Episode available within Canada only.
Photo: Don Komarechka

We have a relationship with few things in nature the way we do with snow: we hate it, we love it, we think we understand it. But we barely know the contradictory and beautiful components of snow’s character. But that’s something scientists are changing.

From the formation of single flakes to the howling 70 km/h winds of lake effect snow storms to the destructive power of avalanches, intrepid researchers are bringing snow science into the 21st Century.

In sunny Pasadena, California (of all places!) physicist Ken Libbrecht grows pristine, picture perfect snow crystals in his lab. “I like to call them designer snowflakes,” says Libbrecht.

Karen Koshiba braces through the lake snow effectKaren Kosiba braces through the lake snow effect

Deep in Montana’s avalanche country mechanical engineer Ed Adams and his team see snow in a unique way. “We approach snow as an engineering material,” says Adams. This has lead Adams to investigate the way the sun changes the very structure of snow, weakening it until it gives way and triggers an avalanche.

On the shores of Lake Ontario, hurricane chaser Karen Kosiba is throwing herself into the eye of a lake effect snow storm. Her goal is to understand these power weather events that lash the Great Lakes with 70 km/h winds.

In the mountains of Utah, Canadian atmospheric scientist Tim Garrett knows a dirty snow secret. Our winter weather models are based on data that’s 40-years out of date. Garrett is working to change that with a novel 3D camera that gives us a true picture of falling snow.

Meanwhile in California, the state’s Chief Snow Surveyor Frank Gehrke is worried. His latest soundings show that the Sierra Nevada snowpack is dangerously low and this will impact the drinking water and irrigation needs of the entire state. Things are so dire that Gehrke has partnered with NASA’s Jet Propulsion Laboratory on an Airborne Snow Observatory to better track the state of California’s snowy “water crop”.

John Pomeroy in the Rockies

In Alberta hydrologist John Pomeroy is keeping an eye on what he calls Western Canada’s “water towers” -- the snow capped Canadian Rockies. Pomeroy has seen the other side of snow, its’ destructive power when rain-on-snow events unleash violent floods like the one that devastated Alberta in 2013. (What's Canada's snowiest city? Find out)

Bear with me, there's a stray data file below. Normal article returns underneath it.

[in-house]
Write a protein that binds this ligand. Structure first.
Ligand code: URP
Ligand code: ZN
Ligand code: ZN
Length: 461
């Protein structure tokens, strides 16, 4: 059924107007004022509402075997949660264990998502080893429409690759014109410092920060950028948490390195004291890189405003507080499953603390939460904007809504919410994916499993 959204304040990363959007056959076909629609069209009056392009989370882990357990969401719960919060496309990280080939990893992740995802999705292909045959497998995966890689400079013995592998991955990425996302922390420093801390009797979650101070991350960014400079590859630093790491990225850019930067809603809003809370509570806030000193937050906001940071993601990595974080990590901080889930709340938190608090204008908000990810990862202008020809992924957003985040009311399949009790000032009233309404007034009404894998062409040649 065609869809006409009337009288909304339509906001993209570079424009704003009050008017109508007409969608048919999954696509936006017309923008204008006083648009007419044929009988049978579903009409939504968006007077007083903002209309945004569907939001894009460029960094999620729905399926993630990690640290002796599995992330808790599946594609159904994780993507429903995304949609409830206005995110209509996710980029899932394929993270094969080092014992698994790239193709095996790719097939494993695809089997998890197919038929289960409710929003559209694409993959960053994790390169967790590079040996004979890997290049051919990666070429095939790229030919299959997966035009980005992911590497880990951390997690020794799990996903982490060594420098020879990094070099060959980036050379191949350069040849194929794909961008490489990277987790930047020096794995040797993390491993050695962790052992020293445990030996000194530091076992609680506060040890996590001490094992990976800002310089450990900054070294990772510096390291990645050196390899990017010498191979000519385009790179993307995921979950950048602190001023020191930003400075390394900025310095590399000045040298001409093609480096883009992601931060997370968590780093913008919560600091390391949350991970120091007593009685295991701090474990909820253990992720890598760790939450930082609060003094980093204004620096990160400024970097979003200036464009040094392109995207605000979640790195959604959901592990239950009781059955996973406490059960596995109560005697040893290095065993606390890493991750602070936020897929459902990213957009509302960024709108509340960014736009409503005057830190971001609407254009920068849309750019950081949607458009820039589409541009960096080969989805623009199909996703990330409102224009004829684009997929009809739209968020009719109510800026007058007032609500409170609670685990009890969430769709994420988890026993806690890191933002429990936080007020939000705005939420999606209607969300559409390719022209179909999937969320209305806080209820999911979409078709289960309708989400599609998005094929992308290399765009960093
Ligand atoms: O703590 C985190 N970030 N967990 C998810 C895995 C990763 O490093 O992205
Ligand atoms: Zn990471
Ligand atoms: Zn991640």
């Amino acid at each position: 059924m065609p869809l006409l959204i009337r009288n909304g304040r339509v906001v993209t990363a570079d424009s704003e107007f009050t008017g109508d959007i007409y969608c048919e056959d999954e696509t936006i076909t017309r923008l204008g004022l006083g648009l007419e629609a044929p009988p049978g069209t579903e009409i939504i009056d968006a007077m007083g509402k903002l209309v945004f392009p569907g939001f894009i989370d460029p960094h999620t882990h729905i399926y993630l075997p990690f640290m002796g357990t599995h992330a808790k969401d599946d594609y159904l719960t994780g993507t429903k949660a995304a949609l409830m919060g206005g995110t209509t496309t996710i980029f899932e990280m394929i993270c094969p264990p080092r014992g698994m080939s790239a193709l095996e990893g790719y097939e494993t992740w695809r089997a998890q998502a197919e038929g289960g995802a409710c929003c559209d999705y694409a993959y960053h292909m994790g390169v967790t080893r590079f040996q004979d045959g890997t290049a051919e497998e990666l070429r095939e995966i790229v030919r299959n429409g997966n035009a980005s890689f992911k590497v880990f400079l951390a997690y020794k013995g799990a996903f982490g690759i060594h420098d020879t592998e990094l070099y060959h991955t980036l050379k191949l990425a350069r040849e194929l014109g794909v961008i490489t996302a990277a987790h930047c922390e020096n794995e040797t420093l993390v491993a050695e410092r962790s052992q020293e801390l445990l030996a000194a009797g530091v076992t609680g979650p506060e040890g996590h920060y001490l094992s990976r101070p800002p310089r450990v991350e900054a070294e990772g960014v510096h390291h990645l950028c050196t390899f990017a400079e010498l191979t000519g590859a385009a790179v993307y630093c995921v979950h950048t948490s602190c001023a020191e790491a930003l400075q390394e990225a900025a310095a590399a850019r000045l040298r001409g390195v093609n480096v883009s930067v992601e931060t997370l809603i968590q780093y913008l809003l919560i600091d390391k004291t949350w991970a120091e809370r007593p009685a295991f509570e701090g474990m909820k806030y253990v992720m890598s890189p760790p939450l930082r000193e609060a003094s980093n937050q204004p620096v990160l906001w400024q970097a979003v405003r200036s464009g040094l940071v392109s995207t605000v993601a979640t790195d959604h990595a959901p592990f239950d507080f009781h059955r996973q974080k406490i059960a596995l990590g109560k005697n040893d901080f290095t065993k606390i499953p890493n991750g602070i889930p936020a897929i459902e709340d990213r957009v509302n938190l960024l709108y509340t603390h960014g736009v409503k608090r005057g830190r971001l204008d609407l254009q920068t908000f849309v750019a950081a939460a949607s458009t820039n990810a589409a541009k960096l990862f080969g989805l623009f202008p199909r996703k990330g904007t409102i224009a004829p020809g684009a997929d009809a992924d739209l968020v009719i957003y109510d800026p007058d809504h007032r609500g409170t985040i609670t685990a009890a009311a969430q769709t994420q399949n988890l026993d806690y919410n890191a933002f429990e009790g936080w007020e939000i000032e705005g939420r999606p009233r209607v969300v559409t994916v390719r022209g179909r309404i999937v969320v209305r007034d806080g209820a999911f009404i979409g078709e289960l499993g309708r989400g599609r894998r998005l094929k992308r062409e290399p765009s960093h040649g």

And photographer Don Komarechka gives a glimpse of the ephemeral, crystalline wonder of snowflakes through his unique images. “Snowflakes are tiny things. And if something is so small, you can’t really see the details with your own eyes, even if you want to. And so when I can photograph a snowflake and I can blow it up to the size of a dinner plate, then people can see that beauty,” says Komarechka.

Produced by the Canadian Broadcasting Corporation & the nature of things with David Suzuki.

Credits (Click to expand)

the nature of things
with David Suzuki                        
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Chasing Snowflakes

directed by     
Mike Downie

produced and written by
Mike Downie & David Wells

editor
Murray Green

cinematography
Michael Sweeney
John Badcock
Dave Rae
John Reed

additional cinematography
Scott Alexander
Nick de Pencier

location sound
Mary Wong

additional location sound
Gabe Chu
Matthew Hamilton
Matt Langley
Brad Martin

sound design
Alan Geldart

graphic design
Jake Boone

visual research
Gina Cali

colourist
Eric Barnett   

music consultant
Patrick Russell

online editing
Jessica Rutherford-Nardi

re-recording mix
Ron Searles

narration recording
Mark Wright

associate director
Renée Moreau

resource coordinators
Analisa Amoroso
Megan Beeckmans

unit manager
June Hall

production manager
David Wilson

business manager
Documentary Unit
Wilma Alexander

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special thanks
Alta Peruvian Lodge
Alta Ski Area
Alberta Environment and Sustainable Resource Development
Barrier Lake Field Station, University of Calgary
Blue Mountain Resorts
California Department of Water Resources
Caltech
Todd Collins
Distillery Historic District
Gallatin National Forest
Grey Sauble Conservation
Jordy Hendrikx
Daniel "Howie" Howlett
Dan Miller
Cheryl Murphy
Montana State University
National Science Foundation - OWLeS Project
NASA Jet Propulsion Laboratory


additional images 

WGBH Media Library & Archives
Ed Adams
Stormstock
Tim Garrett
University of Washington Libraries, Special Collections
WSYR-TV
NASA
JPL - California Institute Of Technology
California Dept. Of Water Resources
CBC Archives
Jeff Turner
Corbis Motion
Getty Images
Don Komarechka
Kenneth G. Libbrecht
Walt Disney Studios Motion Pictures  - “Frozen”
Tristan Zaba
Wade Graham
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produced with the participation of

CMF 

ISAN

senior producers
FM Morrison
Caroline Underwood

executive producer
Sue Dando

executive director
Documentary Programming
Mark Starowicz
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The Nature of Things
with David Suzuki

produced by
Canadian Broadcasting Corporation
(c) MMXIV

www.cbc.ca/natureofthings
 

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